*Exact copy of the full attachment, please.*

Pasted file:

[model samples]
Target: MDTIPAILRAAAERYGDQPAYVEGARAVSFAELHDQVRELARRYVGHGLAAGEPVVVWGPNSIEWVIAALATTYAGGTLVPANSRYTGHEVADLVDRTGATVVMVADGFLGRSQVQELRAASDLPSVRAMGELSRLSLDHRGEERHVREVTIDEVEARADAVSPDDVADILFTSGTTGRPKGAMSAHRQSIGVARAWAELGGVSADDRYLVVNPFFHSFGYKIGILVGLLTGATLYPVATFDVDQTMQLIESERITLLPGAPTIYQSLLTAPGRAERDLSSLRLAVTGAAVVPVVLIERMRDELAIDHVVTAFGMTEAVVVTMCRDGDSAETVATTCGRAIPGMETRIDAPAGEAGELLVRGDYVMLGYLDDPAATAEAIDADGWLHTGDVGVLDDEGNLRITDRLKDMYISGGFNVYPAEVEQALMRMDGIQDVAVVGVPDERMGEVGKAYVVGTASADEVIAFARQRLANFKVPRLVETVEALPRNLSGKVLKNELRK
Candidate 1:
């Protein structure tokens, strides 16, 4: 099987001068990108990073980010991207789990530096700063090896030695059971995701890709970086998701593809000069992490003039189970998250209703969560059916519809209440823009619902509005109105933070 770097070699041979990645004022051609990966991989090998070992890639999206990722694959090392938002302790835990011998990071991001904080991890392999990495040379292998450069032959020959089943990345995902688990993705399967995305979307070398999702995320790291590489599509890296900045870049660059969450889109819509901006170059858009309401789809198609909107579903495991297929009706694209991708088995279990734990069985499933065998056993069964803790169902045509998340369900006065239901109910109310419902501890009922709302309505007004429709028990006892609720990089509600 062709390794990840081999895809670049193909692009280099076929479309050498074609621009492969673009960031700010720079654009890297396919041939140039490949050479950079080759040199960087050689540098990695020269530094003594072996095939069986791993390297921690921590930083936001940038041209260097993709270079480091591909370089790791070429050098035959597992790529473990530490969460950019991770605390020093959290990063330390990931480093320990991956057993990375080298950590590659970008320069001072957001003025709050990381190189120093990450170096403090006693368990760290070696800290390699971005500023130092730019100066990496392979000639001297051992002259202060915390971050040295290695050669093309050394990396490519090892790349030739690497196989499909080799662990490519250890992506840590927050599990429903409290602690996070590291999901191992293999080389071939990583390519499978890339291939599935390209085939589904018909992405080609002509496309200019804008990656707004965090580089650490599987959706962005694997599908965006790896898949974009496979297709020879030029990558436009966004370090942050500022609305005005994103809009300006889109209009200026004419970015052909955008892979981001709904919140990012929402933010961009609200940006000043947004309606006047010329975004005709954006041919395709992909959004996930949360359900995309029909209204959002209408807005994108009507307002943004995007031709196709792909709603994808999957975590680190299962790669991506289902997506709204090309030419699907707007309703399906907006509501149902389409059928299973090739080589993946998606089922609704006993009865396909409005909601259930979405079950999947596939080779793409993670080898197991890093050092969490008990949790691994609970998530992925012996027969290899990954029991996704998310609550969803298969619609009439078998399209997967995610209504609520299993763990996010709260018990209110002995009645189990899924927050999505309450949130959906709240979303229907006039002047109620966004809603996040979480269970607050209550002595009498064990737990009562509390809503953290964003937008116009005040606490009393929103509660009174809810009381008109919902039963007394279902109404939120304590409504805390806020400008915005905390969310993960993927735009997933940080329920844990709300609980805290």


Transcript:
[model samples]
Target: MDTIPAILRAAAERYGDQPAYVEGARAVSFAELHDQVRELARRYVGHGLAAGEPVVVWGPNSIEWVIAALATTYAGGTLVPANSRYTGHEVADLVDRTGATVVMVADGFLGRSQVQELRAASDLPSVRAMGELSRLSLDHRGEERHVREVTIDEVEARADAVSPDDVADILFTSGTTGRPKGAMSAHRQSIGVARAWAELGGVSADDRYLVVNPFFHSFGYKIGILVGLLTGATLYPVATFDVDQTMQLIESERITLLPGAPTIYQSLLTAPGRAERDLSSLRLAVTGAAVVPVVLIERMRDELAIDHVVTAFGMTEAVVVTMCRDGDSAETVATTCGRAIPGMETRIDAPAGEAGELLVRGDYVMLGYLDDPAATAEAIDADGWLHTGDVGVLDDEGNLRITDRLKDMYISGGFNVYPAEVEQALMRMDGIQDVAVVGVPDERMGEVGKAYVVGTASADEVIAFARQRLANFKVPRLVETVEALPRNLSGKVLKNELRK
Candidate 1:
């Protein structure tokens, strides 16, 4: 099987001068990108990073980010991207789990530096700063090896030695059971995701890709970086998701593809000069992490003039189970998250209703969560059916519809209440823009619902509005109105933070 770097070699041979990645004022051609990966991989090998070992890639999206990722694959090392938002302790835990011998990071991001904080991890392999990495040379292998450069032959020959089943990345995902688990993705399967995305979307070398999702995320790291590489599509890296900045870049660059969450889109819509901006170059858009309401789809198609909107579903495991297929009706694209991708088995279990734990069985499933065998056993069964803790169902045509998340369900006065239901109910109310419902501890009922709302309505007004429709028990006892609720990089509600 062709390794990840081999895809670049193909692009280099076929479309050498074609621009492969673009960031700010720079654009890297396919041939140039490949050479950079080759040199960087050689540098990695020269530094003594072996095939069986791993390297921690921590930083936001940038041209260097993709270079480091591909370089790791070429050098035959597992790529473990530490969460950019991770605390020093959290990063330390990931480093320990991956057993990375080298950590590659970008320069001072957001003025709050990381190189120093990450170096403090006693368990760290070696800290390699971005500023130092730019100066990496392979000639001297051992002259202060915390971050040295290695050669093309050394990396490519090892790349030739690497196989499909080799662990490519250890992506840590927050599990429903409290602690996070590291999901191992293999080389071939990583390519499978890339291939599935390209085939589904018909992405080609002509496309200019804008990656707004965090580089650490599987959706962005694997599908965006790896898949974009496979297709020879030029990558436009966004370090942050500022609305005005994103809009300006889109209009200026004419970015052909955008892979981001709904919140990012929402933010961009609200940006000043947004309606006047010329975004005709954006041919395709992909959004996930949360359900995309029909209204959002209408807005994108009507307002943004995007031709196709792909709603994808999957975590680190299962790669991506289902997506709204090309030419699907707007309703399906907006509501149902389409059928299973090739080589993946998606089922609704006993009865396909409005909601259930979405079950999947596939080779793409993670080898197991890093050092969490008990949790691994609970998530992925012996027969290899990954029991996704998310609550969803298969619609009439078998399209997967995610209504609520299993763990996010709260018990209110002995009645189990899924927050999505309450949130959906709240979303229907006039002047109620966004809603996040979480269970607050209550002595009498064990737990009562509390809503953290964003937008116009005040606490009393929103509660009174809810009381008109919902039963007394279902109404939120304590409504805390806020400008915005905390969310993960993927735009997933940080329920844990709300609980805290």